Agriculturae Conspectus Scientificus, Vol 73, No 1 (2008)

Ascorbic Acid Content in Extractive Aqueous Solutions of Rosa canina L. Fruits

Veturia-ileana NUELEANU, Maria MIHOC, Cernea MIHAI

Pages: 19-22


The main goal of the hereby study is two folded: first, to mark out the most adequate methods of preparing the watery solution extracts (infusions, decoctions) in order to obtain a high content of ascorbic acid, and second, to identify the most suitable method for determining this vitamin in aqueous solution extracts made out of medicinal herbs.
In this experiment six groups were assembled containing 20 fruit samples each. The samples were analyzed one week, one and a half month and three months, respectively, after gathering. Fruit drying was accomplished either in open air, at room temperature, or artificially, for three days, in 15 minutes intervals at 95°C (in the exicator), followed again by room temperature drying. Preparation of each group was different: it comprised either pickling in cold water for 10 hours, followed by sinking in cold water, boiling and then cooling, or sinking the fruits in boiling water followed by cooling, or sinking the fruits in boiling water followed by boiling the solution for five or 10 minutes, or, finally, by infusion and decoction method. The results obtained through the Tillmans method revealed a high level of ascorbic acid when the fruits were immersed into boiling water (100°C) and boiled in open fire (11.02 ± 1.51 mg %) for five minutes or when they were introduced in boiling water and kept covered in the boiling basin for 30 minutes (12.26 ± 0.55mg %).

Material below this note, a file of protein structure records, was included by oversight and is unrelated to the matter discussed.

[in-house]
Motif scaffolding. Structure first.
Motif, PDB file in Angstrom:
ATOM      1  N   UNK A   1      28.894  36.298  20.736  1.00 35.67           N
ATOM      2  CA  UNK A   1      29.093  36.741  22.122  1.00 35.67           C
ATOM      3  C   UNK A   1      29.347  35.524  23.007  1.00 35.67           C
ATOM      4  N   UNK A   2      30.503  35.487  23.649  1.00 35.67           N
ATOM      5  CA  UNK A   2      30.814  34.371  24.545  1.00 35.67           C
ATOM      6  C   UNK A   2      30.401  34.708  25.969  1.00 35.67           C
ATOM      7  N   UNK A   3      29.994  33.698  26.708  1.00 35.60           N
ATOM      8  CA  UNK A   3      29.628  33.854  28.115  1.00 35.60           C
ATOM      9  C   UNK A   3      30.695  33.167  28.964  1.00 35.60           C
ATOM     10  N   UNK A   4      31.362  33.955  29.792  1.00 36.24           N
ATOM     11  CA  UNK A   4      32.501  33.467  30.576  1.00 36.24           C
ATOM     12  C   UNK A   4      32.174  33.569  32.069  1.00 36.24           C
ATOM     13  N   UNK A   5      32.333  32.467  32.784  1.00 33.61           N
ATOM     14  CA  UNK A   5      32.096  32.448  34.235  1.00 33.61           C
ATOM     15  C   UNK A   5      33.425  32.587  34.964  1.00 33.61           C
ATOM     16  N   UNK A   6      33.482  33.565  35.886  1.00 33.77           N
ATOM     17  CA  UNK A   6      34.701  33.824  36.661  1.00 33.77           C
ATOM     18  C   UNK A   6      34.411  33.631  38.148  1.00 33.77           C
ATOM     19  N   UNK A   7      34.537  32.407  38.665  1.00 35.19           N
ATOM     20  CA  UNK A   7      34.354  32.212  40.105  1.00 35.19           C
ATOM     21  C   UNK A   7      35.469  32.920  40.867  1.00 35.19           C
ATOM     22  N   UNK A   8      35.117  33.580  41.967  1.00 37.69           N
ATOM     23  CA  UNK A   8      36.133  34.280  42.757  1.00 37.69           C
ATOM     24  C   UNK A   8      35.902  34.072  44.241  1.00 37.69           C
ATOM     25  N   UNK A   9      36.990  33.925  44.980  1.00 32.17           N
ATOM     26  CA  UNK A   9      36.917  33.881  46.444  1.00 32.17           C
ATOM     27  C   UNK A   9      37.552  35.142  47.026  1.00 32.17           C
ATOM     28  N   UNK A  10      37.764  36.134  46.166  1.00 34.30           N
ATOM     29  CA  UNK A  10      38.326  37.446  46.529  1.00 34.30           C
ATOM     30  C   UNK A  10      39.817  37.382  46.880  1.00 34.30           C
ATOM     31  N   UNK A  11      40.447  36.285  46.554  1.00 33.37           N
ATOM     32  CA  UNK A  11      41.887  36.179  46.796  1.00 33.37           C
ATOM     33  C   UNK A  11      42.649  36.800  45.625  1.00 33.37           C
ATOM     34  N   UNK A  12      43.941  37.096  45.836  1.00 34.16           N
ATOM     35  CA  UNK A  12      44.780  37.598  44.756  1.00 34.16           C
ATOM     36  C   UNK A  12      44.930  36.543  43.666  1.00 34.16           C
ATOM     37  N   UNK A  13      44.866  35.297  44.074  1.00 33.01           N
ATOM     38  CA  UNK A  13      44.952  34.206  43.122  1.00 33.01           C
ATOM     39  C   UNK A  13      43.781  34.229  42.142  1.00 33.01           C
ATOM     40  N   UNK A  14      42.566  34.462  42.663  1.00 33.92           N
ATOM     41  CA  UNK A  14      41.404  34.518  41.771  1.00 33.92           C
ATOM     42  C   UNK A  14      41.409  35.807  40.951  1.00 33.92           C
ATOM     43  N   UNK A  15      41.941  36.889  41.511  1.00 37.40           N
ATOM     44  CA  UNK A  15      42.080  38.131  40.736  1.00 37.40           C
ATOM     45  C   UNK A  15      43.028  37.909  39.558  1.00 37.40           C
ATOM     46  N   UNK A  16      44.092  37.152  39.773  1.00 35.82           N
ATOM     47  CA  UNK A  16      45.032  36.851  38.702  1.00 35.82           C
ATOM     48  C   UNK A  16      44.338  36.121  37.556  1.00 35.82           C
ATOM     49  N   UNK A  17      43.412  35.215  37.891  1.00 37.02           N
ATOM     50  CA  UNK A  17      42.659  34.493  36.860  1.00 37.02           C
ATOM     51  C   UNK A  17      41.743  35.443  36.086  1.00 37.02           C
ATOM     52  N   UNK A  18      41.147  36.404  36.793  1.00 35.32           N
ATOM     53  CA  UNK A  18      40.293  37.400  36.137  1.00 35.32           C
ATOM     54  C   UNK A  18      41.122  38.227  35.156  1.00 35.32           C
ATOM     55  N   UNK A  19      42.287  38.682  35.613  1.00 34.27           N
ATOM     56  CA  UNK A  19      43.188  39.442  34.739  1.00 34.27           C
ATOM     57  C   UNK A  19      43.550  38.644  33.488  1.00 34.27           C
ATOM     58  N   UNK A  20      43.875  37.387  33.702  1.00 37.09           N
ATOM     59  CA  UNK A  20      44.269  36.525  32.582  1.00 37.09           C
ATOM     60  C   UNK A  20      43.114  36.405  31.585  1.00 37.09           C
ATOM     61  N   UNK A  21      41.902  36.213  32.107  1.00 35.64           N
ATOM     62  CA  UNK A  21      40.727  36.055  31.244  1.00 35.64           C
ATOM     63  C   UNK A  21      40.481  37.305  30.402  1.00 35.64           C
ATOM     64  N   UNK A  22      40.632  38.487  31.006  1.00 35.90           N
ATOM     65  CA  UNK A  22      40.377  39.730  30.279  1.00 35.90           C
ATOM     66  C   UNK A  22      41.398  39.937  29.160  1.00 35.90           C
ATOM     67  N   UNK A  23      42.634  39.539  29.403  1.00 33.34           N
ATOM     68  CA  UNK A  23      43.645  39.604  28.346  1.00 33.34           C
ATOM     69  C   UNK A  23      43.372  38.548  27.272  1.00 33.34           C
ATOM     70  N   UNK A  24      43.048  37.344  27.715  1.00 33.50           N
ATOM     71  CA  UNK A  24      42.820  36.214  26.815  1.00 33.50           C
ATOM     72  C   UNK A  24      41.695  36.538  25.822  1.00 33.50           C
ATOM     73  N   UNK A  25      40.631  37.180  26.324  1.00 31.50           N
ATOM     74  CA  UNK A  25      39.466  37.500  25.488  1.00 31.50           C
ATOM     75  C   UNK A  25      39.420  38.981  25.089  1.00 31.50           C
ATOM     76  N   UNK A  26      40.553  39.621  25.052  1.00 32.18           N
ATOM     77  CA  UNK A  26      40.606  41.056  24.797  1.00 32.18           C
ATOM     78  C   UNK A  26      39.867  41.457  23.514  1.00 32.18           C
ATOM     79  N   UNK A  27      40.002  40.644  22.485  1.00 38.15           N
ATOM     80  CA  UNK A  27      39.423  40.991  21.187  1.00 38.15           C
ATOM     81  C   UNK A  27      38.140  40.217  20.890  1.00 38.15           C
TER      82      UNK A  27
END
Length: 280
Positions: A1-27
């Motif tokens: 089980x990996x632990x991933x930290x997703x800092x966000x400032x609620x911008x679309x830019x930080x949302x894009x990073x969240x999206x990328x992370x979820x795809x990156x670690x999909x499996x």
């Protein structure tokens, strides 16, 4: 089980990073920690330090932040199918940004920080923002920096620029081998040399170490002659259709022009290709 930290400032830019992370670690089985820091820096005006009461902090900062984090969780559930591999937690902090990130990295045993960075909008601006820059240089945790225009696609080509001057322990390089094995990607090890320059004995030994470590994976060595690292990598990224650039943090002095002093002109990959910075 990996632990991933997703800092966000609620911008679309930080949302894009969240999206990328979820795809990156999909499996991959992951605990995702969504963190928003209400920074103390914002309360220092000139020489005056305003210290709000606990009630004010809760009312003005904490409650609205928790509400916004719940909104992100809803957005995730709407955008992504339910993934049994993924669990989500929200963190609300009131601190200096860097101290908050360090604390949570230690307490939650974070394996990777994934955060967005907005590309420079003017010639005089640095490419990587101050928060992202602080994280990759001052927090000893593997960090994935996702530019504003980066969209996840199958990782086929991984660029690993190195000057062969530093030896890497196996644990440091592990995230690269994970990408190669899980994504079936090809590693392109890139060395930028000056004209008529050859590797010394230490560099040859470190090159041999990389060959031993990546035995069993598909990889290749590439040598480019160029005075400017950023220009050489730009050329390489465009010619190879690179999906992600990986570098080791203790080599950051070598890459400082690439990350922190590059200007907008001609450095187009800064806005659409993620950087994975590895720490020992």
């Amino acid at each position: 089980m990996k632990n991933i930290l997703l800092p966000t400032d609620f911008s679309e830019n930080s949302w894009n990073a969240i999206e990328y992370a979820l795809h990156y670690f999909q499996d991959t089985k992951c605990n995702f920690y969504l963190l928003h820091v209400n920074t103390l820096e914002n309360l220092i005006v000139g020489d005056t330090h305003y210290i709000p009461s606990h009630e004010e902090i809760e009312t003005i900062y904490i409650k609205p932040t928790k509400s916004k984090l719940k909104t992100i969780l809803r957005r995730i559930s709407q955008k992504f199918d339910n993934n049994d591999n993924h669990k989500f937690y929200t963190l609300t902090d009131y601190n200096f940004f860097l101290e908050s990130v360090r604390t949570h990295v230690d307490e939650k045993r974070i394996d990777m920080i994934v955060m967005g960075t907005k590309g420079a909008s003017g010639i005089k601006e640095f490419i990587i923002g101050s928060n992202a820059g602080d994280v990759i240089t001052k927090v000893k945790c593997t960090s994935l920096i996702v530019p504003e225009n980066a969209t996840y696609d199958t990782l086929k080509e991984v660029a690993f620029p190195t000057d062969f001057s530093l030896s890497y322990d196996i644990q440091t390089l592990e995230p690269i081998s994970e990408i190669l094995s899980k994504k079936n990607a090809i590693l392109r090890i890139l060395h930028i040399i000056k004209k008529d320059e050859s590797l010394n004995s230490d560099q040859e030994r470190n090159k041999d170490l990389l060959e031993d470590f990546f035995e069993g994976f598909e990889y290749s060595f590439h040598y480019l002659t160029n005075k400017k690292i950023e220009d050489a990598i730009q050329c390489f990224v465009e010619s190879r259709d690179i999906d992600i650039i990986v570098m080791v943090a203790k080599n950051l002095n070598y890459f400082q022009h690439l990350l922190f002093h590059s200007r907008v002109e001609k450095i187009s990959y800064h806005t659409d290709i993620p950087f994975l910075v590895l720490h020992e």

Cynosbati fructus; ascorbic acid; content; aqueous extract

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